Tag Archive for: ankle pain

Ankle Fusion

Pain caused by ankle arthritis can become severe and unrelenting, greatly impacting one’s quality of life. An ankle fusion, also called ankle arthrodesis, aims to relieve the pain and maintain or improve function by fusing two or more bones in the ankle. The procedure can help treat a number of different underlying problems in the foot by limiting mobility in the joint. Whatever the cause, no one should have to suffer debilitating pain. The highly-skilled foot and ankle specialists at the Colorado Center of Orthopaedic Excellence in Colorado Springs, Colorado, have vast experience treating all ankle and foot conditions and can get you treatment to help you get back to life.


Ankle fusion is for people who want a permanent solution to their ankle pain so they don’t have to think about it again. It is also recommended to people for whom total ankle replacement is not an option. Ankle fusion has also become a more popular way to treat end-stage ankle arthritis in younger adults. It’s a way to save the ankle and preserve some function. Thus, the operation is also called a salvage procedure. By fusing the bones, an ankle fusion stops the ankle joint from moving at all. It takes a stiff, painful ankle and converts it to an unbending, relatively painless, or in some cases, totally pain-free ankle. An ankle fusion can often last a lifetime compared to a total ankle replacement.


The ankle joint is a complex mechanism. It is also called the tibiotalar joint, and although typically referred to as a single joint, it is actually two joints; the subtalar joint and the true ankle joint. The true ankle joint is composed of three bones: the lower end of the tibia (shinbone), the lower end of the fibula (the smaller bone of the lower leg), and the talus (the bone that fits into the socket formed by the tibia and fibula and rests on the heel bone). It is responsible for the up-and-down motion of the foot. Beneath the subtalar joint is the second part of the ankle, composed of two bones: the talus on top and the calcaneus on the bottom. The subtalar joint allows side-to-side motion of the foot. The ends of the bones are covered by articular cartilage. The space in the joint is lined with a thin membrane called the synovium, which cushions the joint and secretes a lubricating fluid called synovial fluid. These components of the ankle, along with the ligaments, muscles, and tendons of the lower leg, work together to handle the stress the ankle endures when walking, running, and jumping.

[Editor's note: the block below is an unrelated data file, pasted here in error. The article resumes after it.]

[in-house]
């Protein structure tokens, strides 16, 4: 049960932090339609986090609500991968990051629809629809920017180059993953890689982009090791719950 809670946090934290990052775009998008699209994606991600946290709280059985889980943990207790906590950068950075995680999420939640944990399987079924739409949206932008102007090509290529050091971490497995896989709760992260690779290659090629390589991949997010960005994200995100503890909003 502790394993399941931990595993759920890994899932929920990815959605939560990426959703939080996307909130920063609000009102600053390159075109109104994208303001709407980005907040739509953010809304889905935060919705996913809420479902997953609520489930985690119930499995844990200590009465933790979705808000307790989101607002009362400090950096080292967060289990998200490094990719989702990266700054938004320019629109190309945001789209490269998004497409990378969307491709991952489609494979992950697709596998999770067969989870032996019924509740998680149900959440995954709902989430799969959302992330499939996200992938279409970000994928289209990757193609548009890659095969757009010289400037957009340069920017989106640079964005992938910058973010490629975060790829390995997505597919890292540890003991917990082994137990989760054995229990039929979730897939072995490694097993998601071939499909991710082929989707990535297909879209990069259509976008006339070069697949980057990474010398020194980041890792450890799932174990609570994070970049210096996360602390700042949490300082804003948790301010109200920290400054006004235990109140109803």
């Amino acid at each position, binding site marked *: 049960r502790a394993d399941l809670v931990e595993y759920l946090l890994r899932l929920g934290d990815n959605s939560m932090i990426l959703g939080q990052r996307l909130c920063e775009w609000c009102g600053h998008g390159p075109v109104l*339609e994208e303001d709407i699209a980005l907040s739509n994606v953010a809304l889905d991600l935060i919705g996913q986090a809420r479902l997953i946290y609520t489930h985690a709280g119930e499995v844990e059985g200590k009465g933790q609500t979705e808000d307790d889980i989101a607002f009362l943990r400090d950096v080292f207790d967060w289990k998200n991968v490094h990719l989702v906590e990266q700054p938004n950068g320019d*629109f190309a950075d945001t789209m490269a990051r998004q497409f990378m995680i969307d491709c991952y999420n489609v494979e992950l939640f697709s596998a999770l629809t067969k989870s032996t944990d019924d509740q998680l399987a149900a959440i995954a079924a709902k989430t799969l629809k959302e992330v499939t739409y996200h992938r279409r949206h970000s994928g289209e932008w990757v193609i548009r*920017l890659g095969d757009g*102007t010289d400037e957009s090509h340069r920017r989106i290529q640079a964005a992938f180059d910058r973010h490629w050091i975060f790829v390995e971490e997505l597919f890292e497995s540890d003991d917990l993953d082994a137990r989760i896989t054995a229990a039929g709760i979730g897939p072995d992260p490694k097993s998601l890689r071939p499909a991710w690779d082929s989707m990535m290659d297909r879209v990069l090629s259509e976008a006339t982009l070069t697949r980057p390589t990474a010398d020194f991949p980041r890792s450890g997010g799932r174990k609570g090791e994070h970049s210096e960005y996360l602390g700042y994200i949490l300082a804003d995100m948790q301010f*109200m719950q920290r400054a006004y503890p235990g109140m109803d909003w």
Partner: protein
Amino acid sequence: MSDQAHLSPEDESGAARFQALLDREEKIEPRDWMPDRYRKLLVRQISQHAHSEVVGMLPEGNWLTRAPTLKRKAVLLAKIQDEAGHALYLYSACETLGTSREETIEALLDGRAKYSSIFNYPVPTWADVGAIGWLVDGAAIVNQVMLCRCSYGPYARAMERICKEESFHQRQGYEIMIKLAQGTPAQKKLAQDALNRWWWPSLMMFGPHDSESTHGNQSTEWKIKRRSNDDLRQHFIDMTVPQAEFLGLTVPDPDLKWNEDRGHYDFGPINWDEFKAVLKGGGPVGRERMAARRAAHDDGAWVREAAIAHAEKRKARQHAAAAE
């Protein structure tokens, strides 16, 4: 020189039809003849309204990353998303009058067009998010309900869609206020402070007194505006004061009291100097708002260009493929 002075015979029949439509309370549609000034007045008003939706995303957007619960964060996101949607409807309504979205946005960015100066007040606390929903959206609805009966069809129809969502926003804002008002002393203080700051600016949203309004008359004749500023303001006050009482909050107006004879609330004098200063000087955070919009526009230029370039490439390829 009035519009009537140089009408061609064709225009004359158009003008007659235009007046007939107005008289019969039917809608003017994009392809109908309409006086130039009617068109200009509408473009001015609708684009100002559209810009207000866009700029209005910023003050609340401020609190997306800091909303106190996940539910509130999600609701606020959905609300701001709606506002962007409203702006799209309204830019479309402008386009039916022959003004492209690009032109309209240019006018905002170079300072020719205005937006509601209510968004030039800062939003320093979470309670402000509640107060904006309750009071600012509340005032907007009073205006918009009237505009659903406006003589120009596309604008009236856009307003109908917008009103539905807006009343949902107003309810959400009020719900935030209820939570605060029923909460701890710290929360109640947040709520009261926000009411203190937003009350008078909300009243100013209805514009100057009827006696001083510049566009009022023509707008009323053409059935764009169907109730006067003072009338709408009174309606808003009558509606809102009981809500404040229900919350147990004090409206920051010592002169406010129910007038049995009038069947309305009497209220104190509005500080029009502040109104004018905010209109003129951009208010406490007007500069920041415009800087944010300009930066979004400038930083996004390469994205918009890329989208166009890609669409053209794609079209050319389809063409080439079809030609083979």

The ankle is the least likely area of the body to be affected by arthritis. Ankle arthritis happens when there is a breakdown of the cartilage that covers the ends of the bones that form the joint. Moving the arthritic ankle tends to make the pain worse. There are three main types of ankle arthritis:

  • Osteoarthritis, which develops from wear and tear on the joints over time
  • Post-traumatic arthritis occurs after a significant ankle injury, such as a fracture
  • Rheumatoid arthritis is an autoimmune disease that damages the joints.

Symptoms usually develop gradually and worsen with time and overuse. These include:

  • Pain with motion
  • Pain that flares up with vigorous activity
  • Tenderness when pressure is applied to the joint
  • Joint swelling, warmth, and redness
  • Increased pain and swelling in the morning or after sitting or resting
  • Difficulty in walking due to any of the above symptoms


Ankle fusion involves cleaning the worn-out ankle joint and fusing the tibia and talus bones together with screws, plates, and bone grafts. By doing so, the bones are stabilized and can no longer rub together, reducing pain. Fusion of the ankle does result in the loss of approximately 75% of ankle motion, but some motion is kept through the joints underneath the ankle and into the mid-foot. Limited mobility can change how you walk, and that can cause wear and tear and, ultimately, painful arthritis in other parts of your ankle, knee, and foot. Recovery is longer with ankle fusion than with ankle replacement.